Flash fiction, written for The Parking Lot Confessional. This is supposed to be 500 word, and it says it is in my word processing software, but the blog wordcount had it at 490 when I imported. Not sure what that’s about. At any rate, close enough. Enjoy…
Life can be mean. In one hand he holds a swath of red silk, in the other, a stuffed envelope. Neither choice is good. He looks at The Five, then leans over and drops the envelope out the window into The City. They lean forward and watch it spiral 30 stories and break apart on the sidewalk. Pedestrians sidestep it without missing a beat.
They sit back and look at him, five sets of eyes awaiting further direction. He holds up the red silk.
“We’re on our own now.”
They nod, solemn and committed.
“They’re gonna be looking for us soon” Rat says.
The Five nod again, this time more vigorously and he senses their agitation. He knows he has to get them busy, and fast, or they might start to spin off. He can’t risk losing even one of them. Each is critical to the Plan.
“Do you all remember your task?”
More nodding, except Rat, who is staring at the red silk.
Rat tears his focus from the silk, and looks at him.
“Rat, are you with me?”
“Okay. Do you remember your task?
Now to kick them into action. He folds up the silk and slips it into his jacket pocket as he speaks. They watch him, hypnotized, then focus on his face as he says quietly, “All of you, scatter and take care of business. Meet downstairs in 2 hours – at seventeen-hundred. Got it?”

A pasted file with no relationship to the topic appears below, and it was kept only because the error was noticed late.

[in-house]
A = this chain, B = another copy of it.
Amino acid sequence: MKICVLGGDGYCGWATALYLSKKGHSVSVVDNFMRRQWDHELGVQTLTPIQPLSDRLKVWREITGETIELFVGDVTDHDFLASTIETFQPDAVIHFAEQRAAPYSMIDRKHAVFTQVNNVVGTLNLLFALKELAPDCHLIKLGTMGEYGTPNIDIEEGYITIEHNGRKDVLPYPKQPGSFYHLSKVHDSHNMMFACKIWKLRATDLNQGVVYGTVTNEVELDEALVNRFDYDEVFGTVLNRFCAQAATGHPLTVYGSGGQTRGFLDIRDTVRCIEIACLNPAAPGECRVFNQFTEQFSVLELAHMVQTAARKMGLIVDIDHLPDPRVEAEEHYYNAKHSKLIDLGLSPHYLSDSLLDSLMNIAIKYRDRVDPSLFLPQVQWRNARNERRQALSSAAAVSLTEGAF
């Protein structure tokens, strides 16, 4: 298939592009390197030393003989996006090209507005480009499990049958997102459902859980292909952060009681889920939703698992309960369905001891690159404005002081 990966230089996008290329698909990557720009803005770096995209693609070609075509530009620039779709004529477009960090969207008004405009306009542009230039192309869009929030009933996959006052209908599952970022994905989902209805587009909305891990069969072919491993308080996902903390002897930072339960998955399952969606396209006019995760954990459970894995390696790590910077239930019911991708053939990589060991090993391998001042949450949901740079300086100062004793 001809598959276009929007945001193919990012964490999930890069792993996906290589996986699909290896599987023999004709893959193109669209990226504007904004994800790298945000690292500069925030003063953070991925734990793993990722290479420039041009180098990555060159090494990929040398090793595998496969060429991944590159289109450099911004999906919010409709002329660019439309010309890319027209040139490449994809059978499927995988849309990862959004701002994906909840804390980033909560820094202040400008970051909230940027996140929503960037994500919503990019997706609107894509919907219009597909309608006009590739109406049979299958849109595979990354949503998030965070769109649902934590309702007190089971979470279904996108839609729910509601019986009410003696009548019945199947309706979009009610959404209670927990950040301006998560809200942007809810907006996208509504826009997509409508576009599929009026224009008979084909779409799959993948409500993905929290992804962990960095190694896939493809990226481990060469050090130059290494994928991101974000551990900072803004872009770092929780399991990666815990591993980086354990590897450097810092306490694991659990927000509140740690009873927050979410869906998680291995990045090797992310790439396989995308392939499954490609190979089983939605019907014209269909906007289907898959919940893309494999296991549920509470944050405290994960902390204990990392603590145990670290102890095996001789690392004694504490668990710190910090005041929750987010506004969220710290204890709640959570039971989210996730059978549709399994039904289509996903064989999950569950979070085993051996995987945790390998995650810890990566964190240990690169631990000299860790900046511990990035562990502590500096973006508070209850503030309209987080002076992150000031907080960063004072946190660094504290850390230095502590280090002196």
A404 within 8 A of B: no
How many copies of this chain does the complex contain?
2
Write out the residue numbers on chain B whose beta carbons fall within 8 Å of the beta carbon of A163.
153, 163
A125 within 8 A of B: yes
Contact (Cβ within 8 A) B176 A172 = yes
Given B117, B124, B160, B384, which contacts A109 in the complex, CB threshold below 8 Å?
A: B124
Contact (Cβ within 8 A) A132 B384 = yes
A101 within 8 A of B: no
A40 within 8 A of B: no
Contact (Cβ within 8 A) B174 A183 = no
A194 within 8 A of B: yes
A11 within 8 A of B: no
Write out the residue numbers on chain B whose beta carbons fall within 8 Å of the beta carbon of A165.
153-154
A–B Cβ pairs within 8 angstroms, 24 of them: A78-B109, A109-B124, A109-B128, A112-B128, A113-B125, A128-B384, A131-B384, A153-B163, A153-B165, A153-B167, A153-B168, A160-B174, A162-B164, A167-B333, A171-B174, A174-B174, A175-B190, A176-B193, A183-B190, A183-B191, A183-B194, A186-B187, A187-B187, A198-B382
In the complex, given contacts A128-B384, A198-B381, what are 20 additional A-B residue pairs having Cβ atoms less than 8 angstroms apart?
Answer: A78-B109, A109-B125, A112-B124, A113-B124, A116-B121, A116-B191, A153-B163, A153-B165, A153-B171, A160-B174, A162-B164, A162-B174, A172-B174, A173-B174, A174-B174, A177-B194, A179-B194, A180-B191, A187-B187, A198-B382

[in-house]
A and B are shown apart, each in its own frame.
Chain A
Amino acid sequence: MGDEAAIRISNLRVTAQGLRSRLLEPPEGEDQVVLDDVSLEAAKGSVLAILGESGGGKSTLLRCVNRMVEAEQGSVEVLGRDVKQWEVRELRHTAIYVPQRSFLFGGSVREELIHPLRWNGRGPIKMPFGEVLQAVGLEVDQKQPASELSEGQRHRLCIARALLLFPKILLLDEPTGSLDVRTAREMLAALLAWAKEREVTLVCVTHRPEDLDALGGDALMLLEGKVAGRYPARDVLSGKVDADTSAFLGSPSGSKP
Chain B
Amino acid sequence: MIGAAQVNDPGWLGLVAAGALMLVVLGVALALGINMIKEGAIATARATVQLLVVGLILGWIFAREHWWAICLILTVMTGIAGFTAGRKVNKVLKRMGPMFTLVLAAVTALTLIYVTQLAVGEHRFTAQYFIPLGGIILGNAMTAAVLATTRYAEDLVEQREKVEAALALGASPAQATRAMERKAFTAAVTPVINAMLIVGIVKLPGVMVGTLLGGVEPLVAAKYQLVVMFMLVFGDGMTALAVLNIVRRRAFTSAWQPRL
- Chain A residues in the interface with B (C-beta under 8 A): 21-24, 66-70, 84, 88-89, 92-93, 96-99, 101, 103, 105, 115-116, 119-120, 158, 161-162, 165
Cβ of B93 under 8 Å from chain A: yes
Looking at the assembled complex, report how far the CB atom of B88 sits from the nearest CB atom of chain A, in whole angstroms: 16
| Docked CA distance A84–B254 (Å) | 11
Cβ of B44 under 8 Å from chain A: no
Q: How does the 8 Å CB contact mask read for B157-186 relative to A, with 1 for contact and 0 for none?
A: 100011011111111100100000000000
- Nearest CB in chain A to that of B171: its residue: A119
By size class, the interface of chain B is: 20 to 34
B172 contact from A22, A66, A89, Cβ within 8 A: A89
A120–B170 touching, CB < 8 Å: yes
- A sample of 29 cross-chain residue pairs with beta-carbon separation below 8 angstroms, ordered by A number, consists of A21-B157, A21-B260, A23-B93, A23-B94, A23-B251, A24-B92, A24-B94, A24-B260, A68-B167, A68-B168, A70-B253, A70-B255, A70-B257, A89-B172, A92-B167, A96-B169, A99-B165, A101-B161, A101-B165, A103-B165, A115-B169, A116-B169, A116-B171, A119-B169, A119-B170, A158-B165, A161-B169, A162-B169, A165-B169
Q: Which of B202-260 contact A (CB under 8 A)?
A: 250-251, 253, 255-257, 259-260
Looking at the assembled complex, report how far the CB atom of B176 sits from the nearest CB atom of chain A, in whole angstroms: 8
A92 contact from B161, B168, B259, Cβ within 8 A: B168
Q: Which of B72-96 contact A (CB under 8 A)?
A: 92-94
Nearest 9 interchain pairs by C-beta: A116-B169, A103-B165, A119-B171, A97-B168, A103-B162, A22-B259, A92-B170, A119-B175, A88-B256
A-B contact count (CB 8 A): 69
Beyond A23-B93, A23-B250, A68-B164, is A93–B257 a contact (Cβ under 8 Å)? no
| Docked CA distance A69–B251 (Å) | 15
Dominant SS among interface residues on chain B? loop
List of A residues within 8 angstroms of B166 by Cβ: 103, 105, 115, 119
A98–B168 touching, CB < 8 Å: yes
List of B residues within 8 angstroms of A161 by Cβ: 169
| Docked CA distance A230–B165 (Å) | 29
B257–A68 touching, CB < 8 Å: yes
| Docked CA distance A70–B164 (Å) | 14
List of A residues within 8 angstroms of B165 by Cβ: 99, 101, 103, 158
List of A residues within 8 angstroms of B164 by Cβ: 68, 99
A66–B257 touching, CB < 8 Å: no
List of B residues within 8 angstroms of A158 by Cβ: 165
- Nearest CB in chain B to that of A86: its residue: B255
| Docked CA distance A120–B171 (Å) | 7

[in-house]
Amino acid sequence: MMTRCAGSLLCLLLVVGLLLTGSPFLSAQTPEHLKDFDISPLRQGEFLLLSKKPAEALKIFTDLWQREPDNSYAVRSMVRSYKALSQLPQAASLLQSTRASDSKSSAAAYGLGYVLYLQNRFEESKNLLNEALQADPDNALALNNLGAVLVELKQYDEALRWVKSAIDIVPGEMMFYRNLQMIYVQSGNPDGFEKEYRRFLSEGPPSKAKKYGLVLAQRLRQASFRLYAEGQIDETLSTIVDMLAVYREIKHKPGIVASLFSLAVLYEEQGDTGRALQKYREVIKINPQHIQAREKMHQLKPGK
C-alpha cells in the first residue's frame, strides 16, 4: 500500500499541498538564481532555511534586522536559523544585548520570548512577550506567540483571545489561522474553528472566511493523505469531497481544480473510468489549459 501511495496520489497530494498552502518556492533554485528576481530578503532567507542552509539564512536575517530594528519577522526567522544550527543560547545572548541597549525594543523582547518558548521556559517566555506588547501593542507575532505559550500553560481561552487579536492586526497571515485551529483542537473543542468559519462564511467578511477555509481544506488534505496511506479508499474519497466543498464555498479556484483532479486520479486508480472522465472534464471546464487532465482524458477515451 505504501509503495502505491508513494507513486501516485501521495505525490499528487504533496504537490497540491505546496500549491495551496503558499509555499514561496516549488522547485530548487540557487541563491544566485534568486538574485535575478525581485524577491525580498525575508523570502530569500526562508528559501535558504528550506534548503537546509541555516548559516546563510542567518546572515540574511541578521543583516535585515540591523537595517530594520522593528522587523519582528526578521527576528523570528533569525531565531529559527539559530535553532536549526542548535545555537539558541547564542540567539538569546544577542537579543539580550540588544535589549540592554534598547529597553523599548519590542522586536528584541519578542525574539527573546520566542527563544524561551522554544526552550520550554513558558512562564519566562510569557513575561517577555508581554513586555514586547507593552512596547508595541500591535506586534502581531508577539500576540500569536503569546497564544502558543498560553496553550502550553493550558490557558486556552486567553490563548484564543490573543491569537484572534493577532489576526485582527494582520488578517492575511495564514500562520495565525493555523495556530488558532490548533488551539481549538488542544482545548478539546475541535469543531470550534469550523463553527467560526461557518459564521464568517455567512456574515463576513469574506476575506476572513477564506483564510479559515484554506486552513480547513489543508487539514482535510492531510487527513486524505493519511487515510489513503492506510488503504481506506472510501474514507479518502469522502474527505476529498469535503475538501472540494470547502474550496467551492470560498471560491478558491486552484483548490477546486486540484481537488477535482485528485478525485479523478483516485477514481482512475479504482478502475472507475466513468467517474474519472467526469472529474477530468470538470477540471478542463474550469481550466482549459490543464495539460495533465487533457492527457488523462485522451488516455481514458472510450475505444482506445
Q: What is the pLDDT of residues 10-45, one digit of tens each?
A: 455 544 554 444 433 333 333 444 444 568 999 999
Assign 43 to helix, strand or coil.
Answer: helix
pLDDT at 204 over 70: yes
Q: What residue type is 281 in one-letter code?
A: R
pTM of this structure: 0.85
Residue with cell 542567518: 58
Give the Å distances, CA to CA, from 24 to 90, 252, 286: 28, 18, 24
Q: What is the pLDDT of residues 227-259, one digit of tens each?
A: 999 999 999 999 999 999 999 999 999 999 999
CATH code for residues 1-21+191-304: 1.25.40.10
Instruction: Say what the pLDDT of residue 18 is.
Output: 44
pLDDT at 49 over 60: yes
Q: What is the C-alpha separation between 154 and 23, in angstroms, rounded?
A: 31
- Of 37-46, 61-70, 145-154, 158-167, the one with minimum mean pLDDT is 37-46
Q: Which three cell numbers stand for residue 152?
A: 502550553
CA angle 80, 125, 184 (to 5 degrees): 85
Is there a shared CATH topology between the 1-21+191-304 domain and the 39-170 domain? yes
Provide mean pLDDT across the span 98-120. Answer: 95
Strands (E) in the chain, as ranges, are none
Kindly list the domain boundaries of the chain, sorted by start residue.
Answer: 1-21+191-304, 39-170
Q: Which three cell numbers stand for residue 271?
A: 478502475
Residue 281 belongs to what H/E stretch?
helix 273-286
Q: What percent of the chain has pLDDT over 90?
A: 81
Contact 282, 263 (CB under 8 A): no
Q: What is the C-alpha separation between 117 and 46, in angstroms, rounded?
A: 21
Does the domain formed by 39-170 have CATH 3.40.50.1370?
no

They all nod, this time only one nod each; they are focused and ready to act. They stand up and run out the door in single file. He stands by the window after they leave, staring down at the sidewalk. The envelope contents are now scattered in the dirty breeze, or trampled beneath the unending feet of the masses. By tomorrow, it won’t matter anymore. He knows that if he’d kept that envelope and dropped the red silk instead, life for all of those automatrons would continue while he’d be on a plane heading for a small island in the South Pacific. But that option is gone now, and nothing will ever be the same again. For him, for the masses, for The Five. For her.
At an airport on the other side of The City, a beautiful woman is boarding a private jet. She’s speaking into her cell phone. “Charlie, it’s over. He chose the red silk.. Get out of the city, now. Head south.”
She pauses at the plane door, looking back at The City, then turns and steps through the doorway. She settles into her seat and looks out the window. A tear rolls slowly down her cheek.
At 4:57pm, he puts on his jacket and heads down the back stairs. He turns left onto the teeming sidewalk, and, one at a time, The Five fall into step behind him. They move through the city silently, marching with precision toward their final destination.